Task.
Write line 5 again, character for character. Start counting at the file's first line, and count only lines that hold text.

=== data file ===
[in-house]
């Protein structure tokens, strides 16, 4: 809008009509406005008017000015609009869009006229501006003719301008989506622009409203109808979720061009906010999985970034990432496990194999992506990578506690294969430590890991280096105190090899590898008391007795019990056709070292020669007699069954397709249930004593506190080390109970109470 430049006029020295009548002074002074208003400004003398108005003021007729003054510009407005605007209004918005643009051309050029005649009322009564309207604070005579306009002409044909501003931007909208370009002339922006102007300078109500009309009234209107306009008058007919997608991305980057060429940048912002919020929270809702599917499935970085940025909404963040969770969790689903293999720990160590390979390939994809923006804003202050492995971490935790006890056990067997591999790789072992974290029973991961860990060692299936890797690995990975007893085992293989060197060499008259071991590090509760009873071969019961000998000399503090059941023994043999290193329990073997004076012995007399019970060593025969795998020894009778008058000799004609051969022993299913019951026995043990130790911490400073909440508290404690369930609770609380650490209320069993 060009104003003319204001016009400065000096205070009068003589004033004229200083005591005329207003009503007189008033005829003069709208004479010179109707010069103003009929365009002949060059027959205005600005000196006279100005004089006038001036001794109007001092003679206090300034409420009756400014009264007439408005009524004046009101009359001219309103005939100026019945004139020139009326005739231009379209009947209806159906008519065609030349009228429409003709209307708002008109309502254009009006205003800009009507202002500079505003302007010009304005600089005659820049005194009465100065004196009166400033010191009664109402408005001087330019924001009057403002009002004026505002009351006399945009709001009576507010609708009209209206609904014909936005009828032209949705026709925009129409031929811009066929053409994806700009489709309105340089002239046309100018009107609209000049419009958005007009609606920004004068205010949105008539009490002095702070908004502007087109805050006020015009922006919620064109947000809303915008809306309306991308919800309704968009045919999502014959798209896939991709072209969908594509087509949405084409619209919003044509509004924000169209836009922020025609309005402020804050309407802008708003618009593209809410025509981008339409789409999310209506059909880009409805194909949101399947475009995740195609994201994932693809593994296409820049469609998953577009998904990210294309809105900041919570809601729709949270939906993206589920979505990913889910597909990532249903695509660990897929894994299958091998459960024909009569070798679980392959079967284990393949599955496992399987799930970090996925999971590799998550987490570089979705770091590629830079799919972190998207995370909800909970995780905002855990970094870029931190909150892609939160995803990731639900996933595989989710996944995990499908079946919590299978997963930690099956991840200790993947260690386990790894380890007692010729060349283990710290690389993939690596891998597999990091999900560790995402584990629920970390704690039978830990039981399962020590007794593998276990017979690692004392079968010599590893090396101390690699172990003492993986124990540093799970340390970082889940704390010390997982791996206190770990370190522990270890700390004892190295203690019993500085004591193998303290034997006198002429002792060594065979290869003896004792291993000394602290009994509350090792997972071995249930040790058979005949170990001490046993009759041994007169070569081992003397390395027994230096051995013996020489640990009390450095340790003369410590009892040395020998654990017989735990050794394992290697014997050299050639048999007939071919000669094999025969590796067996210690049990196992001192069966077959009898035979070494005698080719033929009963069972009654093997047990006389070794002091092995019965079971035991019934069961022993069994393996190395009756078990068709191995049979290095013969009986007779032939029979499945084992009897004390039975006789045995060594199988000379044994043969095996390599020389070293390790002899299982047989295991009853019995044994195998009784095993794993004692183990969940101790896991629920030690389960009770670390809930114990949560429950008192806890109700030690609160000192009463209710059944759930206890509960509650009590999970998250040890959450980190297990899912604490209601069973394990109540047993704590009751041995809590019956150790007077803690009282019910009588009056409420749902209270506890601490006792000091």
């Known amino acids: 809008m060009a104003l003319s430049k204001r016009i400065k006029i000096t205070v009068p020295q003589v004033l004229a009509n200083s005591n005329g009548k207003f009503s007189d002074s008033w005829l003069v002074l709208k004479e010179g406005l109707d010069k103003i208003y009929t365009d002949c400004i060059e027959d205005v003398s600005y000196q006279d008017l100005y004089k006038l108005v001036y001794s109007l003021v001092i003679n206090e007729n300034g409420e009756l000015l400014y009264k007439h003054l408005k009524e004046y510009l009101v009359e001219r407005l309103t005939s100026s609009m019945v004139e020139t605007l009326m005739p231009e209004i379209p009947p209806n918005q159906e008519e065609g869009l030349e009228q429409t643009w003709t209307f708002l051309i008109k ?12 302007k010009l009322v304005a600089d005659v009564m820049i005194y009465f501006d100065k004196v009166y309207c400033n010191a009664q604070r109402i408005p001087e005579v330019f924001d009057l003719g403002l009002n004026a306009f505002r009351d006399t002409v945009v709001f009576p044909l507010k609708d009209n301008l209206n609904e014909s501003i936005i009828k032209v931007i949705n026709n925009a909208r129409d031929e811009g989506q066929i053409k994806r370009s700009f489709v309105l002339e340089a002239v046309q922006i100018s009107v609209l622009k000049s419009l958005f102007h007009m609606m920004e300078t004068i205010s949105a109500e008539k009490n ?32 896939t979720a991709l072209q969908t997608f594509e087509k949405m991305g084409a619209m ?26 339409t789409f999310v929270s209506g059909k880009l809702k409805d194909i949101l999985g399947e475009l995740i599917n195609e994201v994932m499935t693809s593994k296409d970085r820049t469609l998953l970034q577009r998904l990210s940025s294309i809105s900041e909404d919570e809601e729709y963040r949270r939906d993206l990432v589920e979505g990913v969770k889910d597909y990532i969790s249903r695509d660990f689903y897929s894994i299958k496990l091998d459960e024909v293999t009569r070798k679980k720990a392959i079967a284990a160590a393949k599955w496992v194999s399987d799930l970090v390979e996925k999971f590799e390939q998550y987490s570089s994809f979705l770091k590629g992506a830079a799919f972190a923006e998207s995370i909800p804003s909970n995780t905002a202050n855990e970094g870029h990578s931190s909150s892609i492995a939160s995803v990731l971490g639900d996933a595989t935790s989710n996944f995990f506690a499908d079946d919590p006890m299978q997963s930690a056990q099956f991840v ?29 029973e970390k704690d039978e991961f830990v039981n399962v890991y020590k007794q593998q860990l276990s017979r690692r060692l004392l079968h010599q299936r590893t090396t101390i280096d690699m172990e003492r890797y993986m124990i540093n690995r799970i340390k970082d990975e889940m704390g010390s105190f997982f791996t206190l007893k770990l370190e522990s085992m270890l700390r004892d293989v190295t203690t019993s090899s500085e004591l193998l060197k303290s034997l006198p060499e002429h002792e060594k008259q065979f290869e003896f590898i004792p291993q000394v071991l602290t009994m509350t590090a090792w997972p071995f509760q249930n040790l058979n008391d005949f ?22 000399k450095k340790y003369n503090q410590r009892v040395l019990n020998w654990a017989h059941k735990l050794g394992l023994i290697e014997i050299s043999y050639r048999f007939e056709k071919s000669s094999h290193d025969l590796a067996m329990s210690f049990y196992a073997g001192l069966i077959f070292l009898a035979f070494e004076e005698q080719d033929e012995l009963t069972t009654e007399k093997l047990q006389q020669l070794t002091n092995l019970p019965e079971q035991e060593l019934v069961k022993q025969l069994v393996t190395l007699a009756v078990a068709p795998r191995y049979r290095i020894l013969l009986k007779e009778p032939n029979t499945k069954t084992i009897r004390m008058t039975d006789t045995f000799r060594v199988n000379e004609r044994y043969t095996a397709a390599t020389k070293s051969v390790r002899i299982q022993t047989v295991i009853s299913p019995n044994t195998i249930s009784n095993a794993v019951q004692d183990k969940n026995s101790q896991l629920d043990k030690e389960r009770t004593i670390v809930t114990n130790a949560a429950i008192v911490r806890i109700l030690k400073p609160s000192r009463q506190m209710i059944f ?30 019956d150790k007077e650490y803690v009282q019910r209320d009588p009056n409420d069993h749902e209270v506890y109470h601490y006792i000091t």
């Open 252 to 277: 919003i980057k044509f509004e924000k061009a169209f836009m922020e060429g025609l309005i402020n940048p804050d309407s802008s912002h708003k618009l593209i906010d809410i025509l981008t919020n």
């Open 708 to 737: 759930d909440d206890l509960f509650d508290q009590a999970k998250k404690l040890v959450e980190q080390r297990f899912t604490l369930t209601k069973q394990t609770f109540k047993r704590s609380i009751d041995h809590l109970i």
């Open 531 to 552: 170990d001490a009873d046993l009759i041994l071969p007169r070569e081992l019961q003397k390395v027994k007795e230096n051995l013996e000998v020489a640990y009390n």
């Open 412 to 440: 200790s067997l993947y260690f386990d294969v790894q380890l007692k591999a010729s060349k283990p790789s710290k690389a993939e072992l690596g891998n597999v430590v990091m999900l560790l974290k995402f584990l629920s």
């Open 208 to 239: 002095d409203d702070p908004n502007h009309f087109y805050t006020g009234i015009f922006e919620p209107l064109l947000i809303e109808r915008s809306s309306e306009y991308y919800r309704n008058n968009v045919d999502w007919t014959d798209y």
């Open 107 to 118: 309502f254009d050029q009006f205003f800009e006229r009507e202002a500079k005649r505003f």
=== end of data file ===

């Open 708 to 737: 759930d909440d206890l509960f509650d508290q009590a999970k998250k404690l040890v959450e980190q080390r297990f899912t604490l369930t209601k069973q394990t609770f109540k047993r704590s609380i009751d041995h809590l109970i």